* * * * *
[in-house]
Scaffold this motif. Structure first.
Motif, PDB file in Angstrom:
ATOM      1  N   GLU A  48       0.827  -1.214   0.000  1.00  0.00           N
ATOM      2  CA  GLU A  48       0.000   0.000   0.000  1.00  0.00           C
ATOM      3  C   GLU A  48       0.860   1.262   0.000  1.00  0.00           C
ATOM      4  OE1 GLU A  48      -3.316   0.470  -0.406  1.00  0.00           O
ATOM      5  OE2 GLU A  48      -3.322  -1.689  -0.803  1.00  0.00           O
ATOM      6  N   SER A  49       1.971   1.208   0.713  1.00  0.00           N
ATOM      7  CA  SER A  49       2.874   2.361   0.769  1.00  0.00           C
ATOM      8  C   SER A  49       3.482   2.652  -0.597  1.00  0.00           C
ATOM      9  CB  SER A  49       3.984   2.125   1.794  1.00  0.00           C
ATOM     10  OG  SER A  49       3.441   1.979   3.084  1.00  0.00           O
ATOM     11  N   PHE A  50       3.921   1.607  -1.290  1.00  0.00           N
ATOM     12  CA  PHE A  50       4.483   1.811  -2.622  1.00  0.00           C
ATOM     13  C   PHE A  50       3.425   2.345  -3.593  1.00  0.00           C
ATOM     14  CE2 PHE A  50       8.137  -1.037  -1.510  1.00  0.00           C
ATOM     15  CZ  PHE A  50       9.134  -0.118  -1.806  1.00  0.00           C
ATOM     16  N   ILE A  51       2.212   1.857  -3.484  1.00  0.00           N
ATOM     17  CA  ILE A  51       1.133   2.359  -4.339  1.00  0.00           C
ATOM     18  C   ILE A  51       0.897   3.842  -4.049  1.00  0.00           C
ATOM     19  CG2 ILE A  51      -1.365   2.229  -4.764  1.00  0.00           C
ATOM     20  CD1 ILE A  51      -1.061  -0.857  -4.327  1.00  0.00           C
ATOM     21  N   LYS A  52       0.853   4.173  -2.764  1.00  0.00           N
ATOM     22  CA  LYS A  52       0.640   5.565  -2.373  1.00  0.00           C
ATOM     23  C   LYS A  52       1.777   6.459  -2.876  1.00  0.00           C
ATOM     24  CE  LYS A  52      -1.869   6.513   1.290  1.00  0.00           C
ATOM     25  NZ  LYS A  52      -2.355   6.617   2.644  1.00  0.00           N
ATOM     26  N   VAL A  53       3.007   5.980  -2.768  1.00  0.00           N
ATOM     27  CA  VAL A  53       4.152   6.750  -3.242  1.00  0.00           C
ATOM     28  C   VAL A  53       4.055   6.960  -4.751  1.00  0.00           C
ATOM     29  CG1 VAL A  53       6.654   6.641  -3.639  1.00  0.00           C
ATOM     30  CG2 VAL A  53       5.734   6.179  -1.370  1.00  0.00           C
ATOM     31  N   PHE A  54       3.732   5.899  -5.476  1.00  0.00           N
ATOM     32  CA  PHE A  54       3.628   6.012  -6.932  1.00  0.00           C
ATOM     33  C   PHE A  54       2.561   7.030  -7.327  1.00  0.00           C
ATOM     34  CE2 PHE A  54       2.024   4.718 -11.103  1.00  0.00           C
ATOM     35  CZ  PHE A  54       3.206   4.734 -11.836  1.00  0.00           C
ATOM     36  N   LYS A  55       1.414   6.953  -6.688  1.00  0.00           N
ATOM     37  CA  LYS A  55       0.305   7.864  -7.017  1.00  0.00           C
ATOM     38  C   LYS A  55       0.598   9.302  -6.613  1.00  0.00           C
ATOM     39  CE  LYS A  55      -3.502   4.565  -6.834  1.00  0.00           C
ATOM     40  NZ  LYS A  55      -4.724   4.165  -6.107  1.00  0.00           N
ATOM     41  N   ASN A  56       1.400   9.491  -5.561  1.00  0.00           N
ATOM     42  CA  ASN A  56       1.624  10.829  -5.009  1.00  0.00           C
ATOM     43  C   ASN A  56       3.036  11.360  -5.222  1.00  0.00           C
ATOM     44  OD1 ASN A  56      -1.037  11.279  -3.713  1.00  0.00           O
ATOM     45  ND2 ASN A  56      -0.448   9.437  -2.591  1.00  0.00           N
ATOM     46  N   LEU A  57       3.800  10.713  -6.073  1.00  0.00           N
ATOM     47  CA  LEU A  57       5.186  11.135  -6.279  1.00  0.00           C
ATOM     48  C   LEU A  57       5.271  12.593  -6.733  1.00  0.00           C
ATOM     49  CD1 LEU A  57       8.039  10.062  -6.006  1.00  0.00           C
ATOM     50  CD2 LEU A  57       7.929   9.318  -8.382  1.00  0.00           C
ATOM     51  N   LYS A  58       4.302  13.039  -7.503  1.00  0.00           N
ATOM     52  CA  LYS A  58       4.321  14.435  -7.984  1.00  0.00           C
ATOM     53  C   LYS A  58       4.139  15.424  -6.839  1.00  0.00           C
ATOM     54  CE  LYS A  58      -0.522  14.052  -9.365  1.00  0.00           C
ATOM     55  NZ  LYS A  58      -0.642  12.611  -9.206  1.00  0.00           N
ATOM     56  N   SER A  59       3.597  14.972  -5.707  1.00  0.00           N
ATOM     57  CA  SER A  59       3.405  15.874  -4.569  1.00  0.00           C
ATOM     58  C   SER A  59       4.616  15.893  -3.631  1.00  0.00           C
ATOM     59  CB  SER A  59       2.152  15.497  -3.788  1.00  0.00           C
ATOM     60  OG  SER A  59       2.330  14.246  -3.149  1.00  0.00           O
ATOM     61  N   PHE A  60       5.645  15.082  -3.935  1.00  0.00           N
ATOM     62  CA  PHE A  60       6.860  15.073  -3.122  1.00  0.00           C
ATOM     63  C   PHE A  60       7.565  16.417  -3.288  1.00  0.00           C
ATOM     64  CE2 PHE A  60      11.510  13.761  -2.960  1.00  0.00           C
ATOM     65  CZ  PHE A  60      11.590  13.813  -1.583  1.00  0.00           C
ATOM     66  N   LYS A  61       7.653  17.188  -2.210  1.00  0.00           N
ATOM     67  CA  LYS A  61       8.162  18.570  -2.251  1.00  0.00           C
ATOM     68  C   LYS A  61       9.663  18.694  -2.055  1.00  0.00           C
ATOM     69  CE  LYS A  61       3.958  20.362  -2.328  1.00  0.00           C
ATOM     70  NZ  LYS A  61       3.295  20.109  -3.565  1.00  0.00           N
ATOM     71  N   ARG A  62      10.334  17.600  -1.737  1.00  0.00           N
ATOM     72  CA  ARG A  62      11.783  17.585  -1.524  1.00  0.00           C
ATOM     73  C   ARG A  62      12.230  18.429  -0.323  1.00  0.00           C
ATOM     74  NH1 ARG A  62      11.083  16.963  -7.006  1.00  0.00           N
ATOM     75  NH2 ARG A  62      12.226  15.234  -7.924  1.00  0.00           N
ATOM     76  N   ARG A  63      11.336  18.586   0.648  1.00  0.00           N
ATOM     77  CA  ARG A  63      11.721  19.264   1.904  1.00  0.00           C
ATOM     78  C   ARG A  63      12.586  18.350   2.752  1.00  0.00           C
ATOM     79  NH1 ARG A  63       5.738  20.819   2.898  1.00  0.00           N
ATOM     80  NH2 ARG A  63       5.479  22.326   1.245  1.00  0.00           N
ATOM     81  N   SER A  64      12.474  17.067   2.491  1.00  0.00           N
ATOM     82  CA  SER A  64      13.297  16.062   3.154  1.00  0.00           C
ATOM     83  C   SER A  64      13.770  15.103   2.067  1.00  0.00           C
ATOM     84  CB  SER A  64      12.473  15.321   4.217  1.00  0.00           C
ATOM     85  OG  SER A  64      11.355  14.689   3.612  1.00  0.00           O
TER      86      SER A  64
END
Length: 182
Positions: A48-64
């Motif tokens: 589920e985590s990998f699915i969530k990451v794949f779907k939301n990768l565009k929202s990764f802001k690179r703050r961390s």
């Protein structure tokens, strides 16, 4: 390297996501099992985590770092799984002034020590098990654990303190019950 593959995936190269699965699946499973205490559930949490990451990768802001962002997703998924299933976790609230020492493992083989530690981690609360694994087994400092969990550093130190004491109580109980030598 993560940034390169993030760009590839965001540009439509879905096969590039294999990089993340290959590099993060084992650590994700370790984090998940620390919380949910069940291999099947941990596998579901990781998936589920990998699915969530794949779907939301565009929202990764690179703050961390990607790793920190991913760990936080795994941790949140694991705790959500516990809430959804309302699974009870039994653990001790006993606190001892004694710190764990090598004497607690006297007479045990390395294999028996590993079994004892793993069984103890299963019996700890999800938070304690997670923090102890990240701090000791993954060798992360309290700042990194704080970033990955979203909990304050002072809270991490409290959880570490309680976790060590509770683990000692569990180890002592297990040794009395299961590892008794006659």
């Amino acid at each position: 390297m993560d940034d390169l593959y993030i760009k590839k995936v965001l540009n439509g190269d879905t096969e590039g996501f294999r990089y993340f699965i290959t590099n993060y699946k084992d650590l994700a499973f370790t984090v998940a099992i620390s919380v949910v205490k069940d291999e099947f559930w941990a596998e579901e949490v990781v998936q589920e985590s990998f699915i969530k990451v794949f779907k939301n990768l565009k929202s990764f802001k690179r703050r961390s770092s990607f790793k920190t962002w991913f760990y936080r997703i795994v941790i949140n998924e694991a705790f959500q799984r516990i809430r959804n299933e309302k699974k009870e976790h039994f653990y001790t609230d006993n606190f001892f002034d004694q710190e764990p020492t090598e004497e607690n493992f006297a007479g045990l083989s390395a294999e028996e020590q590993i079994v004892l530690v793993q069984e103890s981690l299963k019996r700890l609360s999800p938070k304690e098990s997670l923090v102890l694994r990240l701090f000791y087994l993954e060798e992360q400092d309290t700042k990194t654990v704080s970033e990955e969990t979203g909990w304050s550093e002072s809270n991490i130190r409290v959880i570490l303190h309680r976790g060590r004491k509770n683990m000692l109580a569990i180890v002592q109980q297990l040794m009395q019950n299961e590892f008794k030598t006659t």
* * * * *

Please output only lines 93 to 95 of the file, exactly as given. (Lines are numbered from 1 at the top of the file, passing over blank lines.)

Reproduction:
């Motif tokens: 589920e985590s990998f699915i969530k990451v794949f779907k939301n990768l565009k929202s990764f802001k690179r703050r961390s």
């Protein structure tokens, strides 16, 4: 390297996501099992985590770092799984002034020590098990654990303190019950 593959995936190269699965699946499973205490559930949490990451990768802001962002997703998924299933976790609230020492493992083989530690981690609360694994087994400092969990550093130190004491109580109980030598 993560940034390169993030760009590839965001540009439509879905096969590039294999990089993340290959590099993060084992650590994700370790984090998940620390919380949910069940291999099947941990596998579901990781998936589920990998699915969530794949779907939301565009929202990764690179703050961390990607790793920190991913760990936080795994941790949140694991705790959500516990809430959804309302699974009870039994653990001790006993606190001892004694710190764990090598004497607690006297007479045990390395294999028996590993079994004892793993069984103890299963019996700890999800938070304690997670923090102890990240701090000791993954060798992360309290700042990194704080970033990955979203909990304050002072809270991490409290959880570490309680976790060590509770683990000692569990180890002592297990040794009395299961590892008794006659």
């Amino acid at each position: 390297m993560d940034d390169l593959y993030i760009k590839k995936v965001l540009n439509g190269d879905t096969e590039g996501f294999r990089y993340f699965i290959t590099n993060y699946k084992d650590l994700a499973f370790t984090v998940a099992i620390s919380v949910v205490k069940d291999e099947f559930w941990a596998e579901e949490v990781v998936q589920e985590s990998f699915i969530k990451v794949f779907k939301n990768l565009k929202s990764f802001k690179r703050r961390s770092s990607f790793k920190t962002w991913f760990y936080r997703i795994v941790i949140n998924e694991a705790f959500q799984r516990i809430r959804n299933e309302k699974k009870e976790h039994f653990y001790t609230d006993n606190f001892f002034d004694q710190e764990p020492t090598e004497e607690n493992f006297a007479g045990l083989s390395a294999e028996e020590q590993i079994v004892l530690v793993q069984e103890s981690l299963k019996r700890l609360s999800p938070k304690e098990s997670l923090v102890l694994r990240l701090f000791y087994l993954e060798e992360q400092d309290t700042k990194t654990v704080s970033e990955e969990t979203g909990w304050s550093e002072s809270n991490i130190r409290v959880i570490l303190h309680r976790g060590r004491k509770n683990m000692l109580a569990i180890v002592q109980q297990l040794m009395q019950n299961e590892f008794k030598t006659t």